Americans are more scared of government and its corrupt officials than they are of anything else, including nuclear war or climate change. Three quarters (74. 5 percent) of people surveyed in the annual ‘Chapman University Survey on American Fears’ study said they were afraid of corrupt government officials. Second on the list, at 55 percent, was also a government issue – concern over ‘Trumpcare’, or what the unpredictable US President may do to the American Health Act. Rounding out the Top Ten were: pollution of oceans, rivers and lakes (53.1 percent), pollution of drinking water (50.4 percent), not having enough money for the future (50.2 percent), high medical bills (48.4 percent), that the US will be involved in another World War (48.4 percent), global warming and climate change (48.0 percent), North Korea using weapons (47.5 percent), and air pollution (44.9 percent). The results are very different from the 2016 survey. In that study corrupt government officials were also placed first, but were mentioned by only 60.6 percent of respondents. Americans are becoming much more anxious overall. Second last year was fear of a terrorist attack (41.0 percent). That grew this year to 43.3 percent, but in terms of position it declined sharply to 13th position. All of the top 15 fears this year rated higher than the second greatest fear last year. “The 2017 list of fears clearly reflects political unrest and uncertainty in the wake of Donald Trump’s election as president,” says the report. “Increased tensions with North Korea, concerns about sweeping changes proposed to health care and discussion (at the time the survey was administered) of the United States leaving the Paris Climate Accords produced a much different list from 2016. “What is most striking about American fear in 2017 is that environmental fears, including water pollution and drinking water quality, figure more prominently than ever before. Environmental issues never cracked the top ten fears in our previous surveys. “In 2017, there was a sharp increase in environmental fears, likely due to fears about policy changes in Washington. The Trump Administration has charted a drastically different path; ordering the US Environmental Protection Agency not to enforce major pollution laws, and firing the EPA’s entire Science Advisory Board. The survey was a random sample of 1,207 American adults. Chapman University is a private Christian institution in Orange County, California. The survey findings are available here. [post_title] => Americans scared of government - survey [post_excerpt] => Americans are more scared of government and its corrupt officials than they are of anything else, including nuclear war or climate change. [post_status] => publish [comment_status] => open [ping_status] => open [post_password] => [post_name] => americans-scared-government [to_ping] => [pinged] => [post_modified] => 2017-10-16 13:00:25 [post_modified_gmt] => 2017-10-16 02:00:25 [post_content_filtered] => [post_parent] => 0 [guid] => https://www.governmentnews.com.au/?p=28267 [menu_order] => 0 [post_type] => post [post_mime_type] => [comment_count] => 0 [filter] => raw ) [1] => WP_Post Object ( [ID] => 28243 [post_author] => 673 [post_date] => 2017-10-11 15:30:23 [post_date_gmt] => 2017-10-11 04:30:23 [post_content] => A leaked report to the NSW Government has recommended that cruise ships be permitted to use the Royal Australian Navy dockyard at Garden Island. At present cruise ships use the Overseas Passenger Terminal at Circular Quay and a secondary terminal at White Bay, 3km west of the CBD. But to use White Bay they must go under the Harbour Bridge, which is impossible for the new breed of larger cruise liners. The number of cruise ships coming to Sydney at more than doubled in the last five years, and already some operators are saying that they are avoiding Sydney because of congestion. In July the State government commissioned a report on the matter, asking for recommendations on how to handle the increasing demand. Heading the inquiry was Peter Collins, who was state Liberal leader and Leader of the Opposition from 1995 to 1998. His former seat of Willoughby is now held by Premier Gladys Berejiklian. Collins was also a longtime office in the RAN Reserve, reaching the rank of Captain. He handed his report to the Government on 6 October. Its contents have not been made public, but in an increasingly common practice, it seems to have been deliberately leaked the Murdoch press. Sydney’s Daily Telegraph has run a splash on it. It says the Collins report recommends the use of Garden Island, a massive facility in the middle of the city, close to Kings Cross and on the eastern side of Woolloomooloo Bay. As a military base, Garden Island certainly has the capacity, but agreement would have to be reached with the Navy and the Federal Government to allow its use for commercial purposes. Immigration and other facilities would also have to be built. The other option considered and rejected by Collins was to move some cruise ships to Botany Bay, which is where most of Sydney’s commercial port activity now takes place. But Port Botany or another facility on Botany Bay would also need new facilities, and it is an unattractive industrial precinct 10 km from the CBD. The recommendation is likely to reignite debate about the future of Garden Island. It is a prime waterfront location in the middle of Sydney, and ripe for redevelopment. But it is also Australia’s largest naval base, and moving it is not a trivial exercise. During the 2013 election campaign, Prime Minister Kevin Rudd suggested moving the Navy out of Sydney Harbour, an idea that was ridiculed at the time.  But there is no logical reason for the Navy to be located there. There have been many suggestions over the years that it be moved to Jervis Bay 150 km south of Sydney, where the Navy already has a presence, or to the north of Australia, possibly Darwin, which is much closer to the areas where the Navy mostly operates. This is likely to happen eventually. Garden Island is an incredibly valuable and very high profile location. It would make for a massive urban renewal project. The Daily Telegraph also ran a piece on what a potential redevelopment would look like, with cruise ship facilities, parks and gardens, and apartments. It would be much bigger and more visible than Barangaroo. Industry body Tourism and Transport Forum Australia (TTF) has called on the NSW Government to adopt Collins’ recommendation for the cruise-ship industry to be allowed permanent access to Garden Island. TTF Chief Executive Margy Osmond said Australia’s cruise industry is now worth $5 billion annually and needed better facilities. “The cruise industry reference group and its head Peter Collins must be congratulated on coming up with a common sense solution to address Sydney’s looming cruise crisis,” she said. “Cruise shipping is the most dynamic and fastest growing sector of the Australian visitor economy, and has rapidly become one of the great success stories for Australian tourism. “But with port facilities at Circular Quay at full capacity, and an increasing number of ships too large to pass beneath Sydney Harbour Bridge to access the White Bay terminal, the only deep-water option in the city which is able to accommodate growth is Garden Island. “Port Botany is not the answer. The big drawcard is Sydney Harbour. It is not just international tourists that crave the 'big picture' moment of sailing through the heads - this is also about Aussie tourists who want to feel that sense of excitement and pride that comes from sailing in and out of their Harbour City. “I commend the NSW Government and the Minister for Roads, Maritime and Freight Melinda Pavey for initiating this review, and I urge them to adopt the recommendations of this report and allow cruise ships to access the infrastructure at Garden Island.” [post_title] => Park cruise ships at Garden Island, Government told [post_excerpt] => [post_status] => publish [comment_status] => open [ping_status] => open [post_password] => [post_name] => park-cruise-ships-garden-island-government-told [to_ping] => [pinged] => [post_modified] => 2017-10-13 08:45:07 [post_modified_gmt] => 2017-10-12 21:45:07 [post_content_filtered] => [post_parent] => 0 [guid] => https://www.governmentnews.com.au/?p=28243 [menu_order] => 0 [post_type] => post [post_mime_type] => [comment_count] => 0 [filter] => raw ) [2] => WP_Post Object ( [ID] => 28215 [post_author] => 673 [post_date] => 2017-10-09 06:13:28 [post_date_gmt] => 2017-10-08 19:13:28 [post_content] => The Federal Government’s Northern Australia Infrastructure Facility (NAIF), announced with great fanfare 18 months ago, has yet to invest in single project. “This facility will provide financing to build the transport, energy, water and communications infrastructure needed in our north,” said Josh Frydenberg, the Minister for Industry Innovation and Science, when he announced the fund in May 2016. “This will create jobs, enhance investment, and unlock the full potential of this vibrant region to grow the northern Australian economy.” Fine words, but there appears to be little urgency to putting them into action. The NAIF came into existence on 1 July 2016. Costs so far include over $1 million for wages, $630,000 for directors’ fees, $100,000 for travel, and $13,000 for functions. CEO Laurie Walker, a banker and lawyer who has worked at a senior level for both ANZ and CBA, receives a $410,000 salary. The agency’s website shows that she has given many presentations at conferences, but she has yet to sign off on a single investment, after more than a year on the job. So far there is nothing to show for the agency’s establishment, and the natives are getting restless. Two weeks ago the Government said the first project would be announced that week, but still nothing has happened. It is widely believed that the first investment is intended to be a low interest $1 billion loan to Indian coal company Adani for a rail line to its controversial giant Carmichael coal mine in Queensland’s Galilee Basin. But that announcement seems to be on hold as disquiet grows about the government’s energy policy and about Adani itself. On 2 October the ABCs Four Corners TV program exposed the Indian company’s sometimes dodgy business practices, and community resistance to the mine culminated in major demonstrations across Australia last weekend. Some have blamed NAIF’s inaction on political uncertainty. Resources Minister Matt Canavan had responsibility for the agency, but resigned from Cabinet after doubts were raised about his citizenship. Responsibility now lives with Deputy Prime Minister Barnaby Joyce, who is also under a cloud. Mr Joyce says this is not a problem, and that NAIF is a statutory body that can make its own investment decisions. But the fact that it has not yet made any, well over a year after it was formed, has called into question why it is needed at all. Even Rupert Murdoch’s News Limited, normally supportive of the government, is critical of the inaction. “$5 billion North Australia fund yet to approve a single project,” screamed a headline in the Courier-Mail last month. “Still waiting for NAIF,” said the Townsville Bulletin. Predictably, the Opposition is not happy. Bill Shorten told the NT News, another Murdoch outlet, in a prominently displayed article, that the Northern Australia Infrastructure Fund was a “poster child for inaction. “Its dealings are opaque ... nothing has happened,” he was quoted as saying. “Some of its directors are faced with allegations of conflict of interest. It is like a high rollers club and you don’t get in without $100 million.” The same article gave examples of investors in the Kimberley region of Western Australia laying off staff because of NAIF’s inaction. NAIF has also been criticised for blocking freedom of information requests about information as basic as the dates and locations of its board meeting. It says it is keeping this information secret  because of concerns over protests and “media interest.” It is not a good look. Nor is it likely to get much better. If NAIF approves the Adani loan, it is likely to face a High Court challenge because of Adani’s past behaviour and the project’s proven environmental challenges. If it does not, its continued inability to make any investment decision at all will also cause it problems. NAIF, uncapitalised, is a word from the French which means an innocent person who doesn’t know what’s happening. It seems an appropriate acronym. [post_title] => $5 billion fund has done nothing [post_excerpt] => [post_status] => publish [comment_status] => open [ping_status] => open [post_password] => [post_name] => 5-billion-fund-done-nothing [to_ping] => [pinged] => [post_modified] => 2017-10-10 11:10:18 [post_modified_gmt] => 2017-10-10 00:10:18 [post_content_filtered] => [post_parent] => 0 [guid] => https://www.governmentnews.com.au/?p=28215 [menu_order] => 0 [post_type] => post [post_mime_type] => [comment_count] => 0 [filter] => raw ) [3] => WP_Post Object ( [ID] => 28194 [post_author] => 673 [post_date] => 2017-10-06 10:12:55 [post_date_gmt] => 2017-10-05 23:12:55 [post_content] => Millions of dollars will be stripped from the operating budgets of NSW’s government-owned transport agencies, Fairfax Media is reporting. Quoting ‘a briefing note to staff obtained by Fairfax Media’ from Transport for NSW secretary Tim Reardon, the department’s deputy secretaries have been told that operating budgets for all the state’s transport divisions have been cut by 15 percent for this financial year. "Over the last six years in Transport for NSW we have made savings to meet our requirements, however our [operating expenditure] costs have increased," the note is quoted as saying. One result of this is an immediate freeze on hiring casual staff or creating any new permanent positions. Transport for NSW would seem to be a victim of its own success. Sydney Trains have reported a 15 percent increase in patronage over the last 12 months, leading to severe overcrowding on some lines. Buses and ferries also have more passengers. The state’s transport budget is under strain with the cost of Sydney’s new Metro line and upgrades to existing train and bus services. Predictably, the Rail, Tram and Bus Union (RTBU) is not happy. The union’s NSW Secretary, Alex Claassens, issued an immediate statement that said the cuts will result in a serious decline in services. “Revelations today that the NSW Government is stripping hundreds of millions from transport agencies prove the NSW Government has no interest at all in improving public transport in the state,” Claassens said. “This is just another example of Transport Minister, Andrew Constance’s complete incompetence. On top of all of the horrendous transport decisions he’s made lately, now he’s shown that he can’t manage his budget either. “The people of NSW deserve a world-class transport system. They’re not going to get it while this Minister is in charge. How the Minister thinks you can strip millions of dollars out of an operation and expect it to continue working as usual is beyond me.” There has been no official announcement of the cuts from the NSW Government. [post_title] => NSW transport 'hiring freeze' [post_excerpt] => [post_status] => publish [comment_status] => open [ping_status] => open [post_password] => [post_name] => nsw-transport-hiring-freeze [to_ping] => [pinged] => [post_modified] => 2017-10-06 19:29:51 [post_modified_gmt] => 2017-10-06 08:29:51 [post_content_filtered] => [post_parent] => 0 [guid] => https://www.governmentnews.com.au/?p=28194 [menu_order] => 0 [post_type] => post [post_mime_type] => [comment_count] => 0 [filter] => raw ) [4] => WP_Post Object ( [ID] => 28109 [post_author] => 670 [post_date] => 2017-09-25 13:49:52 [post_date_gmt] => 2017-09-25 03:49:52 [post_content] => Keith Dodds The procurement reforms recently announced by Angus Taylor, Assistant Minister for Digital Transformation and Gavin Slater, the new CEO of the Digital Transformation Agency (DTA), represent a step in the right direction for digital innovation in government – but when it comes to breaking the back of old-school technology procurement, we are only just scratching the surface. The Australian government is the largest single buyer of IT services in Australia, spending $6.5 billion annually. It’s all taxpayer-funded and much of it is being misspent. For 40 years, big, multinational software package vendors have enjoyed procurement practices that have effectively enabled them to hold the government and its citizens ‘hostage’. Their long-running, multi-year contracts with big bang deliverables have cost government and taxpayers dearly, often with disastrous results (think #CensusFail and Queensland Health to name just two). Limiting contracts to three years, with no extensions, and capping contract amounts at $100 million will certainly curb some of the damage. However, many applauded the reforms for their potential to open up new opportunities for the local start-up community, yet existing panel arrangements favour an old-school approach that benefits large incumbents and encourages near-monopolistic practices – while continuing to stifle younger, smaller and more innovative companies. It is not just start-ups, either, as many smaller service providers have struggled for years against the current contract and procurement system.   When the Turnbull government promised to have a “whole of government digital transformation strategy” in place by the end of 2016 if re-elected, our team helped the DTA facilitate a process of intensive interviews and workshops to cross-fertilise thinking across a wide range of federal government agencies. The end result was a Government Digital Transformation Roadmap. The procurement taskforce report acknowledges the need for “a comprehensive ICT strategy to help guide agencies’ ICT procurement decisions in order to drive the government’s digital transformation agenda”. However, government won’t be able to truly embrace innovative digital transformation until it creates the right conditions – an environment that breeds and nurtures suppliers who are capable of delivering the innovative solutions it needs. In the meantime, the delay is costing hundreds of millions of dollars during a time of fiscal restraint. The waste must stop. In the UK, the Government Digital Service took steps in the very early stages of its digital transformation to break the procurement stranglehold of entrenched players. A plethora of new suppliers are now serving the UK Government, and taxpayers, as a result. This is one of the reasons the UK (and other European countries) are further advanced when it comes to citizen-centric digital services. In Australia, we need to set an aggressive, mandatory deadline for the replacement of the outdated panel system and establish a truly open marketplace in its place. The DTA’s Digital Marketplace was intended to do this, but many large agencies are barely using it (if at all). The government must also look to expand its use of open source. The government’s Digital Service Standard mandates the use of open standards where appropriate, making all new source code open by default and measuring performance against KPI reported on a public dashboard. Yet closed, proprietary packages remain the rule, not the exception. Finally, it is critical that compliance with these objectives is made mandatory and public. The DTA’s ‘Performance Dashboard’ aims to “make data open and accessible by measuring the performance of Australian government services” and promote government transparency, but it does not report on contract awards by vendor, longevity, open source versus proprietary solutions, etc. Such visibility is required to make and measure demonstrable progress and to adequately serve the public interest, which at the end of the day, is the government’s primary obligation. Keith Dodds is the director of client relations in Australia for ThoughtWorks.   [post_title] => Digital procurement needs major reforms [post_excerpt] => Antiquated government procurement is still impending innovative digital transformation. [post_status] => publish [comment_status] => open [ping_status] => open [post_password] => [post_name] => digital-procurement-needs-major-reforms [to_ping] => [pinged] => [post_modified] => 2017-09-25 17:56:19 [post_modified_gmt] => 2017-09-25 07:56:19 [post_content_filtered] => [post_parent] => 0 [guid] => https://governmentnews.com.au/?p=28109 [menu_order] => 0 [post_type] => post [post_mime_type] => [comment_count] => 0 [filter] => raw ) [5] => WP_Post Object ( [ID] => 28094 [post_author] => 670 [post_date] => 2017-09-22 09:00:40 [post_date_gmt] => 2017-09-21 23:00:40 [post_content] => The Australian Securities and Investments Commission (ASIC) has released guidance for public companies and crowd-funding platform operators to support them in using the new crowd-sourced funding (CSF) regime, which commences on 29 September 2017. ASIC Commissioner John Price said: “Crowd-sourced funding provides an opportunity for small to medium-sized businesses to access an alternate source of capital, without the regulatory burden of traditional fundraising. ASIC's new guidance will help public companies and crowd-funding platform operators comply with their obligations under the CSF regime, while supporting investor confidence.” Regulatory Guide 261 Crowd-sourced funding: Guide for public companies (RG 261) will assist companies seeking to raise funds through CSF to understand and comply with their obligations in the new regime, particularly as many of these companies will not have experience in making public offers of their shares. ASIC has also published a template CSF offer document to help companies prepare their CSF offers. Regulatory Guide 262 Crowd-sourced funding: Guide for intermediaries (RG 262) will assist crowd funding platform operators ('intermediaries') seeking to provide a crowd-funding service, particularly as this is a new type of financial service and there are unique gatekeeper obligations for operating platforms for CSF offers. ASIC has also: ASIC consulted on its guidance and relief in June 2017 and has now published Report 544 Response to submissions on CP 288 and CP 289 on crowd-sourced funding (REP 544), detailing ASIC’s response to that consultation (refer: 17-195MR). See the ASIC website for further information on crowd-sourced funding, including information on applications:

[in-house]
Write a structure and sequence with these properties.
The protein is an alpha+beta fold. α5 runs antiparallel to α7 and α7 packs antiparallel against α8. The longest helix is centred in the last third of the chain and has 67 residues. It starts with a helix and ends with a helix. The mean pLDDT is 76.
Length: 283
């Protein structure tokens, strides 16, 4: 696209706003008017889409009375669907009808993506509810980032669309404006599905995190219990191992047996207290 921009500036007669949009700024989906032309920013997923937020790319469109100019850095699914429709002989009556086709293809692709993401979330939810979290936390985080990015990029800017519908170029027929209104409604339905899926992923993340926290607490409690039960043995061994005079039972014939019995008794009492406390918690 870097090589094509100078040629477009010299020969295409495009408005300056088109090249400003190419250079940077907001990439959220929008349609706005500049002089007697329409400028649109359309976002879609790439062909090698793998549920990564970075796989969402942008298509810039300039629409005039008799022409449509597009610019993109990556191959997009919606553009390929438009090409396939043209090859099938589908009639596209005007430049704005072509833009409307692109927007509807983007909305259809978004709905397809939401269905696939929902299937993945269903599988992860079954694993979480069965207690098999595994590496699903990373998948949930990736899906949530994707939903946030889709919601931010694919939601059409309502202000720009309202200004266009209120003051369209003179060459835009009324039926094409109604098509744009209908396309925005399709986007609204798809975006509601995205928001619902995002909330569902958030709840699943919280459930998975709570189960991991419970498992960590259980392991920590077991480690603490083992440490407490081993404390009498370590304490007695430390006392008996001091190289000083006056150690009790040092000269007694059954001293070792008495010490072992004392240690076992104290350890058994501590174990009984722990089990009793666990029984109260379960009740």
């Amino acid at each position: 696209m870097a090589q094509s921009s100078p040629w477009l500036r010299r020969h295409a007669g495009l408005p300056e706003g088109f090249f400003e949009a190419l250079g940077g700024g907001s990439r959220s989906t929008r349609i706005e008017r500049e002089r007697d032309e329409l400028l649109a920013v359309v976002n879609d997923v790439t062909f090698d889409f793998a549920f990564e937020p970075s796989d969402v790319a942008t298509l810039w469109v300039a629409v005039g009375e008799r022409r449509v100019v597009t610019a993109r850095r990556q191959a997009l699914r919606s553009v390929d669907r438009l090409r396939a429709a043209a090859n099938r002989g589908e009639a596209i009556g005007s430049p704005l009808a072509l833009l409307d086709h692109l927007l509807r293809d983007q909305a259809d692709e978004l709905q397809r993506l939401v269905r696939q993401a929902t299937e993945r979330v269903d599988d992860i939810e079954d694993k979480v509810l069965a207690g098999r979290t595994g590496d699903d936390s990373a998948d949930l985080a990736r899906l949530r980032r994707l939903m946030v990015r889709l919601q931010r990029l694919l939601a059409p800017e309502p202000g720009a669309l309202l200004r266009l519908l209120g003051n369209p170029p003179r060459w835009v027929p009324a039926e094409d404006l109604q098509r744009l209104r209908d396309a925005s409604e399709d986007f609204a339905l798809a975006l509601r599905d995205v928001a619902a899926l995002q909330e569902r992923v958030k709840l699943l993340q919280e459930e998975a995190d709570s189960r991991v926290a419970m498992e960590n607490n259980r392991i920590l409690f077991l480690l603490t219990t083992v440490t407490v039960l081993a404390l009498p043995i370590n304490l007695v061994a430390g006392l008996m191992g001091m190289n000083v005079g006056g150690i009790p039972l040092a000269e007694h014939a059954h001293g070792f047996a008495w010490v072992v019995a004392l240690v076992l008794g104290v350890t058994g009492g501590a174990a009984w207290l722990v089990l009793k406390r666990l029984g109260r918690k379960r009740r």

• By intermediaries for an AFS licence with an authorisation to provide CSF services (refer: 17-312MR).